The following information is from CT DPH, which was last updated on May 3, 2023.
For the latest COVID-19 guidance, please visit the Center for Disease Control and Prevention’s website: CDC.gov/covid
As the end of the nationally declared Public Health Emergency draws to a close on May 11, the Connecticut Department of Public Health has announced the State’s COVID-19 recovery plans and next steps. Please visit www.ct.gov/dph for ongoing updates. If you still can’t find an answer to your question, please email email@example.com
Q: What does the end of the Public Health Emergency on May 11 mean?
A: Earlier this year, President Biden announced that the nationally declared Public Health Emergency, would expire on May 11, 2023. Under U.S. law, the President can declare a national emergency in response to a disaster or crisis. While the emergency declaration is in effect, the executive branch can exercise “emergency powers” to address the crisis, such as providing various types of relief to individuals, and to state and local governments. When the nationally declared emergency ends, those powers are lifted, and policies that the President enacted using emergency powers expire. Governor Ned Lamont’s declaration of a Public Health Emergency under Connecticut law provided that it would end at the same time as the nationally declared Public Health Emergency.
Q: Does this mean that COVID-19 is gone for good?
A: No. Ending the COVID-19 emergency declarations does not mean the virus has been eradicated. We can all stay healthy and live with COVID-19 and other viruses by getting fully vaccinated, staying home when we are sick, and practicing good hygiene. These same successful health prevention tools apply to many infectious diseases. It is why we have made so much progress in the past three years.
Q: What should I do to protect myself from COVID-19:
A: You still should get vaccinated, get the updated vaccine, use at-home tests, stay home when you are sick, and wear a high-quality mask when respiratory viruses are circulating at high levels in your community. These are all ways we can continue to protect ourselves and manage this virus. We hope that COVID-19 will follow the trajectory of other seasonal illnesses and remain ready to ramp up our efforts during respiratory disease season which typically runs from October through April. Please visit the Center for Disease Control and Prevention’s website for the latest COVID-19 guidance.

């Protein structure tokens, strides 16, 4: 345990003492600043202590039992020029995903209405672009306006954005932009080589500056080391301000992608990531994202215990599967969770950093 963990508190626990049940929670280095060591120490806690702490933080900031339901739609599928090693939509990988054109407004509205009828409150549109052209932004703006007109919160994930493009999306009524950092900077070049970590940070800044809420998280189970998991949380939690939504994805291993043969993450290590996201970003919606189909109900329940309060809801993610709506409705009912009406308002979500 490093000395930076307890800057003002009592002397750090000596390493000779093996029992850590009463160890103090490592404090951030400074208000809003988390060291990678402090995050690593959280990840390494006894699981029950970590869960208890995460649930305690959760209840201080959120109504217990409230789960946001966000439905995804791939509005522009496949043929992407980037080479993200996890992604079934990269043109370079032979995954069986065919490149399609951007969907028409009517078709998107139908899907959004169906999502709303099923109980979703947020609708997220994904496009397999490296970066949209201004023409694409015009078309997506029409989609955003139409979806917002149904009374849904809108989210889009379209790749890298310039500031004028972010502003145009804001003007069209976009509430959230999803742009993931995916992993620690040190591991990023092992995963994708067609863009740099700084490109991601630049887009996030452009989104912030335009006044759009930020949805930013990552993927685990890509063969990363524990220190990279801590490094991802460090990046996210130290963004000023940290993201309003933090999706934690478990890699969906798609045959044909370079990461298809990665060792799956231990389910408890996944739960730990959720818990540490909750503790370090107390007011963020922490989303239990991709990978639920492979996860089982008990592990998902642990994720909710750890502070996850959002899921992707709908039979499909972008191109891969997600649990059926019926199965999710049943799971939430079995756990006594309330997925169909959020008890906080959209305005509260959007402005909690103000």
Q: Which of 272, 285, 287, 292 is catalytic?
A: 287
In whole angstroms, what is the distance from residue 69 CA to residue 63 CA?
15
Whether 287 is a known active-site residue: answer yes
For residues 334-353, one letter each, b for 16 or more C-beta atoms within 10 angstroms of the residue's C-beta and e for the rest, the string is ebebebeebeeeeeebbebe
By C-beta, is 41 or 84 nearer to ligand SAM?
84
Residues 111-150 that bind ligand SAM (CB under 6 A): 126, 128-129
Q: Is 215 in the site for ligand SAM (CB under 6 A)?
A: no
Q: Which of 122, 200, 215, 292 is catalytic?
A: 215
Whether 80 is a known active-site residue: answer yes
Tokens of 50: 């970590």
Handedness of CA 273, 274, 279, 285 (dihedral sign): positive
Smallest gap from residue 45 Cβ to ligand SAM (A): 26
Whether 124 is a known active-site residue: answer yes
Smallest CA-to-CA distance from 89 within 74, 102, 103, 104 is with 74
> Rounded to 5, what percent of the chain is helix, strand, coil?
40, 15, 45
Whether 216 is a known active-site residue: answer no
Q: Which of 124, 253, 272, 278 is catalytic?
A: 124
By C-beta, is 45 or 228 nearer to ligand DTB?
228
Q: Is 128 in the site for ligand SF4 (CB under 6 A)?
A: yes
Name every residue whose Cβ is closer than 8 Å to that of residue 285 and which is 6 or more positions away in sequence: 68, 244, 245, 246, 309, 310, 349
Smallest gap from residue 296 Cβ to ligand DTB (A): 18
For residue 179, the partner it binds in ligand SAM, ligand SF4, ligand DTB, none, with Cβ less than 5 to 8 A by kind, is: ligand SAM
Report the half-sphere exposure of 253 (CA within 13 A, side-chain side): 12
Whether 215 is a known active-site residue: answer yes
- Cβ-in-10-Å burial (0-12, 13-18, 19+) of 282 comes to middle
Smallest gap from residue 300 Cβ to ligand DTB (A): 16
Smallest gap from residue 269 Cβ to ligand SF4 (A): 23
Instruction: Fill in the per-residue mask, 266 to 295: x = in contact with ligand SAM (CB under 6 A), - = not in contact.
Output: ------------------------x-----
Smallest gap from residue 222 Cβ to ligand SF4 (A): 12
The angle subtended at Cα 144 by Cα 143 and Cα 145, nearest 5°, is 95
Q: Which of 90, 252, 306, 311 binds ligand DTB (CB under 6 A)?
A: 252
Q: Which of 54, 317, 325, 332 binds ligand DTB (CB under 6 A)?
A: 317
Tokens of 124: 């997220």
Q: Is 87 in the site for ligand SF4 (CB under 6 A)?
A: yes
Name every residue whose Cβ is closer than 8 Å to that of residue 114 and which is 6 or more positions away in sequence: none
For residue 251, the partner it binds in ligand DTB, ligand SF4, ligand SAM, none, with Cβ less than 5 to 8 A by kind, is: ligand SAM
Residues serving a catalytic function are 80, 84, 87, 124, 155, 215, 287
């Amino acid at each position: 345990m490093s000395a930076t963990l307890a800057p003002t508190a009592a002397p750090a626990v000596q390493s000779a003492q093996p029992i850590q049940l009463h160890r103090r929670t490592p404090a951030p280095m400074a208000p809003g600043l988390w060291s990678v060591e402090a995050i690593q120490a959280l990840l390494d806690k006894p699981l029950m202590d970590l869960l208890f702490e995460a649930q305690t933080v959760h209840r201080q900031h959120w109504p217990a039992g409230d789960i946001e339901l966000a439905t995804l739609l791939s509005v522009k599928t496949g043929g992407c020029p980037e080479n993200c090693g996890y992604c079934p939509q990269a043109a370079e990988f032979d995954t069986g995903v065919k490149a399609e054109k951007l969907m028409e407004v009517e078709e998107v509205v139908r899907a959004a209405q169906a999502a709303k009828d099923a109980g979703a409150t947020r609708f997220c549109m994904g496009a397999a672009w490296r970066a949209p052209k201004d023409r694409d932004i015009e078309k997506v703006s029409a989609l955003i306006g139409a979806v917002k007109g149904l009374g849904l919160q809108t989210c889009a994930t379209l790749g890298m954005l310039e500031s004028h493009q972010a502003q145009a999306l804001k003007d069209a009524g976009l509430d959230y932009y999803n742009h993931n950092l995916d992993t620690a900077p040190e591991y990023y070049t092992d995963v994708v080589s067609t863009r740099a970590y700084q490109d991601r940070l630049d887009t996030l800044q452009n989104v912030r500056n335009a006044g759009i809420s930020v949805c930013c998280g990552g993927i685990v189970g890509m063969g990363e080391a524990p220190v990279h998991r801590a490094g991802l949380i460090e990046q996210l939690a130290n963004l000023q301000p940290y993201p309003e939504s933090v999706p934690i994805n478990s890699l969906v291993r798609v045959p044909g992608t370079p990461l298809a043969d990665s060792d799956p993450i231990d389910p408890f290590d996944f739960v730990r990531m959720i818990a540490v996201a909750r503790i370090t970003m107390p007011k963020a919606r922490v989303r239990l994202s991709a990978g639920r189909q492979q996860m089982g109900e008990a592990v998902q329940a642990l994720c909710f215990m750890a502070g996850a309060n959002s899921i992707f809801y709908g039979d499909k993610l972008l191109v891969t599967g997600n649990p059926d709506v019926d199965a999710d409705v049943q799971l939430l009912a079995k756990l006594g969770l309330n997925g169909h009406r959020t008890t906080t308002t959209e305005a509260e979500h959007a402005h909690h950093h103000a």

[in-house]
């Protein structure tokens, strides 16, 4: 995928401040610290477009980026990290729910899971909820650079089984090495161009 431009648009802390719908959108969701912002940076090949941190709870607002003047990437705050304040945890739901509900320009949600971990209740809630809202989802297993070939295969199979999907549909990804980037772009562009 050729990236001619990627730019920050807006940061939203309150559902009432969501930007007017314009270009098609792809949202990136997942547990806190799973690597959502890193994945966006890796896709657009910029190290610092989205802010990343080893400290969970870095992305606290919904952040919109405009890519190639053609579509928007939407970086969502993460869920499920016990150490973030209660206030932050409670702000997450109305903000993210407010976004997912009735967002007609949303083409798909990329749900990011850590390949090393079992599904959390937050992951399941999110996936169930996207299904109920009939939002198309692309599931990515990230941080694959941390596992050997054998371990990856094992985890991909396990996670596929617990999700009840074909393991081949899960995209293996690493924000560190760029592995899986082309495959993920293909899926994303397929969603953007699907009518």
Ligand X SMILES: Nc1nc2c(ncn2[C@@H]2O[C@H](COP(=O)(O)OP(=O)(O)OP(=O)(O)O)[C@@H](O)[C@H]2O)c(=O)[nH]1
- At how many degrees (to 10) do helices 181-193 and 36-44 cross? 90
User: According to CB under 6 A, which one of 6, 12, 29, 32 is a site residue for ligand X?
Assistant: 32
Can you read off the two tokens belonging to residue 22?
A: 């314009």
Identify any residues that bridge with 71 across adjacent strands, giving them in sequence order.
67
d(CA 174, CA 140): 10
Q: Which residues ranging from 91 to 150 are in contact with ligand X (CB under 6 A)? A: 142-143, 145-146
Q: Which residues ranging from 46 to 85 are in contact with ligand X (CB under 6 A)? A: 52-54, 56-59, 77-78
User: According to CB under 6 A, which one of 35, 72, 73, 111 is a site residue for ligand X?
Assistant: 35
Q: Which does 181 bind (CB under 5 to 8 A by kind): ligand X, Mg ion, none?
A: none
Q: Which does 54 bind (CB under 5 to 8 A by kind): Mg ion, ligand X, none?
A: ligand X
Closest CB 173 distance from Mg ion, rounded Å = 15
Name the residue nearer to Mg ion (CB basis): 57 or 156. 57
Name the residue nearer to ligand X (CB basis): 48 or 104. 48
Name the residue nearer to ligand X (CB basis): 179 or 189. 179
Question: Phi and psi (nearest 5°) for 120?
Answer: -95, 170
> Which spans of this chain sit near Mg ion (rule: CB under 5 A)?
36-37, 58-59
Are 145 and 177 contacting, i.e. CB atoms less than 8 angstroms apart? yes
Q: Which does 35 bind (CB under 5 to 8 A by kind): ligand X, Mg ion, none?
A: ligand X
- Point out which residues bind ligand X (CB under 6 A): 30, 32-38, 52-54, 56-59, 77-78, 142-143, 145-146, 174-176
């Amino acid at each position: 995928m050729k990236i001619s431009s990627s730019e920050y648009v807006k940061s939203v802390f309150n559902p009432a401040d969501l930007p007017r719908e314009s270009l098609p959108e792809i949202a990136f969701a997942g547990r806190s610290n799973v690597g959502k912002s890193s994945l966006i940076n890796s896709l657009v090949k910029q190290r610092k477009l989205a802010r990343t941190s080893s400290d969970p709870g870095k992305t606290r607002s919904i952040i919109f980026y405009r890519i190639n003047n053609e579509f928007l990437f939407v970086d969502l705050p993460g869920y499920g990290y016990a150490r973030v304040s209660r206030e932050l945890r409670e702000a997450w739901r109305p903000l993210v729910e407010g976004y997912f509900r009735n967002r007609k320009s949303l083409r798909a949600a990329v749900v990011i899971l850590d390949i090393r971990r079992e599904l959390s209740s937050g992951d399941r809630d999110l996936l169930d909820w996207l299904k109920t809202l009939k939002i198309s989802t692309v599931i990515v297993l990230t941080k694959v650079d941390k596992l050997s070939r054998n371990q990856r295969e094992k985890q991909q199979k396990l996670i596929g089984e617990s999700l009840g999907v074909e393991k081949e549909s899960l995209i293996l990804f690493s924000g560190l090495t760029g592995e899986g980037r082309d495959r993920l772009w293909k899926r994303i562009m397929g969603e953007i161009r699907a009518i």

Q: What about my HUSKY/CHIP, SNAP, or cash benefits?
A: Please visit the Connecticut Department of Social Services’ “Preparing for the End of the COVID-19 Public Health Emergency” webpage.
Q: What is going to happen to the COVID Alert CT app?
A: The COVID Alert CT app which was developed for the Apple iPhone and Android platforms will be discontinued starting May 11 per the Association of Public Health Laboratories, Apple and Google. Messages regarding this are being deployed to all users of this app.
DPH Public Health Emergency Recovery and Demobilization Plans
- State supported COVID-19 testing at four Community Health Centers will end on June 30, 2023.
- Self-test kits are still available from the federal government at www.covid.gov or they can be purchased at pharmacies and other retail outlets.
- The DPH mobile clinics officially end on June 30, 2023. Organizations interested in making an appointment for updated COVID-19 vaccines through the mobile clinics can do so before June 19 via ct.gov/coronavirus.
- For Connecticut residents who are homebound, the homebound COVID-19 vaccination program is available until June 30, after which time individuals should contact their health care provider to receive the updated COVID-19 vaccine, just as they do for seasonal influenza vaccine and other preventative health care services.
- The federal government will continue to distribute vaccine to healthcare providers such as retail pharmacies, hospitals, and physician practices. After the Public Health Emergency ends, the federal government will continue to distribute all available vaccines in their inventory, free to U.S. residents, until that inventory is depleted or expires.
- Once the federal government exhausts its inventory of COVID-19 vaccines, they will be made available commercially like other vaccines, such as flu vaccines, through an individual’s private insurance plan; through publicly funded programs such as Medicare, Medicaid, and the Vaccines for Children program; or directly by consumers.
- Access to treatments such as Paxlovid and Lagevrio will still be available from providers and retail pharmacies
- DPH will continue to support long-term care facilities in helping to identify and limit any COVID-19 outbreaks. DPH is committed to offering education and training for outbreak control which can affect the state’s most vulnerable citizens
Women, Infants and Children Program (WIC)
- WIC program waivers will end 90 days after the Public Health Emergency ends (Aug. 9, 2023). More updates will follow.
Disease Surveillance and Reporting
- DPH will issue its last COVID-19 report for the 2022-23 respiratory viral disease season on the Open Data Portal on June 1, 2023.
- COVID-19 public data reporting will resume on Oct. 5, 2023, and continue through the winter months, as part of DPH’s respiratory surveillance reporting program. This new COVID-19 report will include data that are relevant to current COVID-19 disease activity and trends and integrate COVID-19 with viral respiratory surveillance reporting, including influenza.
U.S. Department of Health & Human Resources: Fact Sheet—COVID-19 Public Health Emergency Transition Roadmap
Kaiser family Foundation: “What Happens When COVID-19 Emergency Declarations End? Implications for Covers, Costs, and Access
ASTHO Public Health Review Morning Edition #381: Pandemic Polling, Ending the PH Emergency